II. The body
The measurement of your body, its redesign on a scale of 1:20 and its transformation into a rotating physical shape (made of cardboard) capable of generating an ideal cube, corresponding to the three-dimensional space required for the movement of a single person, marks the beginning of the experience of research by design: a sought-after methodological assonance with the pedagogical creed professed by Riccardo Blumer, according to which the body represents the main reference for the architect throughout the entire design process (Neri 2018, p. 13). The assembly of four cubes generates a minimum living space according to the typological archetype identified in Le Corbusier’s petit cabanon and an approach to planimetric and functional definition inspired by the spatial concept based on the use of tatami.

III. The frame
The different forms of primitive shelter designed to serve as a living space presented by Filarete in the Trattato di Architettura, Cesare Cesariano in De Architectura, Marc-Antoine Laugier in his Essai and Semper himself in Der Stil, which depicts the famous Caribbean hut, are based on the idea of a wooden structural frame that is independent of the infillings. It is this construction concept, which also lies at the basis of the construction of Robinson Crusoe’s home, described by Daniel Defoe, which has generated the most significant effects on the composition and form of architecture over the last two centuries: think of Herzog&De Meuron’s building in Tavole, Glenn Murcutt’s Marika-Alderton house or Snøhetta’s The 7th Room pile-dwelling. The progressive development of a design sensitivity aimed at defining the living space in relation to its construction instances takes place via the drafting of an assembling scheme for the ideal frame for the dwelling of a shipwrecked man, located on a beach and built using materials available on site and with makeshift work tools.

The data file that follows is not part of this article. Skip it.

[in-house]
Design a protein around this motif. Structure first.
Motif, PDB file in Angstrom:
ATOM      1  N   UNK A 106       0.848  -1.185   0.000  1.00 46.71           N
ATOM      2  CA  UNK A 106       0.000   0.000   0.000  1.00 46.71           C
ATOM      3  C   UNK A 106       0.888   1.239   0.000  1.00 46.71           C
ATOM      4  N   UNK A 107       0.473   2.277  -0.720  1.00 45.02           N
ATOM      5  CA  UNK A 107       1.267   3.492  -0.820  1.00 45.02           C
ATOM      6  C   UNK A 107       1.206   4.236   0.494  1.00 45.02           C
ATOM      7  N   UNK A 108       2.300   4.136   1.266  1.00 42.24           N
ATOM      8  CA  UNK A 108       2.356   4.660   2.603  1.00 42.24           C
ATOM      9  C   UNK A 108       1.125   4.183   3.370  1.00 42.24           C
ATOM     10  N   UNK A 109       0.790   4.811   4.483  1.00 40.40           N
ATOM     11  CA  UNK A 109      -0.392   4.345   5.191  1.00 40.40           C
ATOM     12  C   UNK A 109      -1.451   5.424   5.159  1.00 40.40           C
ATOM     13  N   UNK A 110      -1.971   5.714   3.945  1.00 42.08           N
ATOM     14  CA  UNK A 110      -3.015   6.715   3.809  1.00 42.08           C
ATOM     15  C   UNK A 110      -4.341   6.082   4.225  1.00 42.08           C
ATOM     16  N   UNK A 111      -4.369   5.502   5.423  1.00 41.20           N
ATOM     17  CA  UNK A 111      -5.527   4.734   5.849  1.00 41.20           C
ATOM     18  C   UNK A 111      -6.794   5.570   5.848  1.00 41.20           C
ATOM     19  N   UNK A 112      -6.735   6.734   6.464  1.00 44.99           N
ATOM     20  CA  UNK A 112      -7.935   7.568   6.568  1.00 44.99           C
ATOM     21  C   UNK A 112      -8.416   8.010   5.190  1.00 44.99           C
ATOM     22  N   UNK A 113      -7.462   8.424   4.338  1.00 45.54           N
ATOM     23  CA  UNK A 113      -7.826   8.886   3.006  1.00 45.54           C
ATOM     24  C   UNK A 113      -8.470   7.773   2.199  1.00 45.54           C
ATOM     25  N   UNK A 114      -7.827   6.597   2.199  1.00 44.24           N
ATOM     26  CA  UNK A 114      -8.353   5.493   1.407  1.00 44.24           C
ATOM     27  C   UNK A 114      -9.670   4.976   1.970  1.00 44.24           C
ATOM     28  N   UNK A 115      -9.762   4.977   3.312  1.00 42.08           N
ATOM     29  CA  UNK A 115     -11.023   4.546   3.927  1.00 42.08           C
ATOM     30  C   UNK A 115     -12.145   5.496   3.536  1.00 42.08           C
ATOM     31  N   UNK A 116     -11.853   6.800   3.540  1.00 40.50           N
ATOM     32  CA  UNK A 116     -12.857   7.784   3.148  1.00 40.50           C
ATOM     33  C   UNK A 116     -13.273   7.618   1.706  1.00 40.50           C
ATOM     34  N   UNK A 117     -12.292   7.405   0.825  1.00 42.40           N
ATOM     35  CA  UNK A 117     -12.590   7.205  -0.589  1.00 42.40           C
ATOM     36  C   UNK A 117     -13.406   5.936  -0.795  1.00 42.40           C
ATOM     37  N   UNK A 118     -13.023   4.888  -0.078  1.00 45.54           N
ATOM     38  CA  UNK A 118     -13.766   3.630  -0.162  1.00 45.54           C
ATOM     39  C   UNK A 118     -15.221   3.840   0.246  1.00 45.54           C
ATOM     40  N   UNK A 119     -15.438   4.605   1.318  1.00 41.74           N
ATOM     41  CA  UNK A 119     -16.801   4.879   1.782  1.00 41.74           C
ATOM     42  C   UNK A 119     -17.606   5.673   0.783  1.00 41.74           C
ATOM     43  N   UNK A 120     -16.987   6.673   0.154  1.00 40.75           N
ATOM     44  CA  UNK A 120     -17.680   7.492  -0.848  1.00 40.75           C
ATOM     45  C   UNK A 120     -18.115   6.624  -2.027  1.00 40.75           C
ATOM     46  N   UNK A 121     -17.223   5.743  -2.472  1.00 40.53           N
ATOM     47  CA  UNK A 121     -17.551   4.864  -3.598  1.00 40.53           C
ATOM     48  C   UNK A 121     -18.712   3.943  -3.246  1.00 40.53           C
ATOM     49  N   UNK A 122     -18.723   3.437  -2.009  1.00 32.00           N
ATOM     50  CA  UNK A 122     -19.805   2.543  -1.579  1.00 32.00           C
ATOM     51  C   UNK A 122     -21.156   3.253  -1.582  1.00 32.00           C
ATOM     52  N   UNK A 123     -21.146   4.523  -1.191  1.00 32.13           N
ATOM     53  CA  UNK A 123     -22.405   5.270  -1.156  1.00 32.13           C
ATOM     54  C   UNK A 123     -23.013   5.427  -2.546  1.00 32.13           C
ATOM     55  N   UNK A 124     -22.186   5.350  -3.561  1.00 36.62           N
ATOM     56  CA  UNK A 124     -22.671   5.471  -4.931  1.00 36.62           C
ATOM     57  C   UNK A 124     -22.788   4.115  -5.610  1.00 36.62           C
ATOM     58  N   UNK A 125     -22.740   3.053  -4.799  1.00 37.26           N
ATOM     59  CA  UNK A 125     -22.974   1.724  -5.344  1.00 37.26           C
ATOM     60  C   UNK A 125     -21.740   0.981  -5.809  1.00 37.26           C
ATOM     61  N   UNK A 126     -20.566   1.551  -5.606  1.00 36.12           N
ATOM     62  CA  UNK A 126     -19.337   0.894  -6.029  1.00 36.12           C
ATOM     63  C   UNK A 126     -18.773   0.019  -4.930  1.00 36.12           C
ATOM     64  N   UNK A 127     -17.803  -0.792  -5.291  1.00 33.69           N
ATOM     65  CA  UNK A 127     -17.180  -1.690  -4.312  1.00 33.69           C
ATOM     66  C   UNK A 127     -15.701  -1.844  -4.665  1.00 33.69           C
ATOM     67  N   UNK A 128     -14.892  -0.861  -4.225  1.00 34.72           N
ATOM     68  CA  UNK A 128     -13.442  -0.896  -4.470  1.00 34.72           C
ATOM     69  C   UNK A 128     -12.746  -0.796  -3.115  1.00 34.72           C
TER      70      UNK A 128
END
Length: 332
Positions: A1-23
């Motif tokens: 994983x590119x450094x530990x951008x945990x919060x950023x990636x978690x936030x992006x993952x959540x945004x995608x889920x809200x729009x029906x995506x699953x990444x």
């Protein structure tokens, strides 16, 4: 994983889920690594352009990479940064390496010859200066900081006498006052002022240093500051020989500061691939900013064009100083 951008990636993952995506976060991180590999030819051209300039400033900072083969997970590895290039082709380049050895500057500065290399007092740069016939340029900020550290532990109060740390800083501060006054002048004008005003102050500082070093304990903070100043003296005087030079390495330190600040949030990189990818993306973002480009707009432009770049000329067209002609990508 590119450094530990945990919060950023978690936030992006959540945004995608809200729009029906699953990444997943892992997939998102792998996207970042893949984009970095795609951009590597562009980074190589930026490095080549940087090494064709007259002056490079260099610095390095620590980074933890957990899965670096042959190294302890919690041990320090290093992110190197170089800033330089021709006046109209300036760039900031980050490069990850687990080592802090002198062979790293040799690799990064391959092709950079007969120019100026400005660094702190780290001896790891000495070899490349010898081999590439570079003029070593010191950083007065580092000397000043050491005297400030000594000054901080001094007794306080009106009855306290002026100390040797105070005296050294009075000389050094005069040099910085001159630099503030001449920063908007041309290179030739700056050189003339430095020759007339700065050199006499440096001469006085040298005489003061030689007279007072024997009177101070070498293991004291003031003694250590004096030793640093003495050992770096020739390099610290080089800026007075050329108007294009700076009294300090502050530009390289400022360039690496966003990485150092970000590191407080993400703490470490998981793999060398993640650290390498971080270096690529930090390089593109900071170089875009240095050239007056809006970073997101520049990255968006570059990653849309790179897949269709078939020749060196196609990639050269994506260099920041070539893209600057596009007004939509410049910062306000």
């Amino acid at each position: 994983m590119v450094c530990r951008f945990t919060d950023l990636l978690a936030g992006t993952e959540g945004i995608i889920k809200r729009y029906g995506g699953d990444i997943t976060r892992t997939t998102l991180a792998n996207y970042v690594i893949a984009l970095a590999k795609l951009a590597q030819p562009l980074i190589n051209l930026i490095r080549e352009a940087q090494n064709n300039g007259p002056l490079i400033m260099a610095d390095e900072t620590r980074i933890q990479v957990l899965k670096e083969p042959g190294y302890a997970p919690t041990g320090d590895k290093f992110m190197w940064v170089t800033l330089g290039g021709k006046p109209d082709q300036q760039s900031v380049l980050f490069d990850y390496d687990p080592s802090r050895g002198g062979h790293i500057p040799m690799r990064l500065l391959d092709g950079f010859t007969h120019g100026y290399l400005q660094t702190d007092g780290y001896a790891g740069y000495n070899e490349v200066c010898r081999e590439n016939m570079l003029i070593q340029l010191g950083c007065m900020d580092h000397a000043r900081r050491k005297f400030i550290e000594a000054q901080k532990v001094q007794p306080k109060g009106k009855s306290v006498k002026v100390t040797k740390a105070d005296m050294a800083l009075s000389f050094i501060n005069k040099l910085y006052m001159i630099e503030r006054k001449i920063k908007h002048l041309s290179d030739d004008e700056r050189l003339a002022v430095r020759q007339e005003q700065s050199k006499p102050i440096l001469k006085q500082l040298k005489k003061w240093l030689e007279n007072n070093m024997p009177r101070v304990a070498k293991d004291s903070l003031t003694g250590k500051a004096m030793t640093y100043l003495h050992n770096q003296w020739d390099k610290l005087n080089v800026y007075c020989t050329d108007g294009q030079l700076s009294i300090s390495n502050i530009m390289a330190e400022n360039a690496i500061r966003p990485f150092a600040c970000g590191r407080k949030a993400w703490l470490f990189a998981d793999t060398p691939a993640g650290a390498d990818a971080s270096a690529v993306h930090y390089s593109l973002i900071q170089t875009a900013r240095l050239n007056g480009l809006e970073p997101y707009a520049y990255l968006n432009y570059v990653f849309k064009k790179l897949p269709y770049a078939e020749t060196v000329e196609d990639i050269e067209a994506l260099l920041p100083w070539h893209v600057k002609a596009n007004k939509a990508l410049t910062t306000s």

IV. The skin
The design sensitivity towards the ornamental component of architecture is cultivated through an analytical operation carried out by means of a space-time short circuit, capable of making us reflect on the potential interaction between the design cultures professed by Leon Battista Alberti and Frank O. Gehry. The observation, analysis, measurement and graphic drafting of the façade of Palazzo Rucellai allow the exploration of a notable architectural episode, capable of clarifying the role of assembly between parts in the conceptual definition of ornament, understood here as the epidermal outcome of an assembly process that contributes to defining the character of architecture. At the same time, starting from the compositional reading of the Gehry House in Santa Monica, capable of explaining the relationships between the material essence of the envelope and the visual and tactile sensations generated by it, the design exercise consisted in the creation of a new entrance to be applied to the façade of Palazzo Rucellai: the juxtaposition of panels to form walls, the result of interweaving or assemblies of components experimented with starting from rudimentary physical models.

V. The connections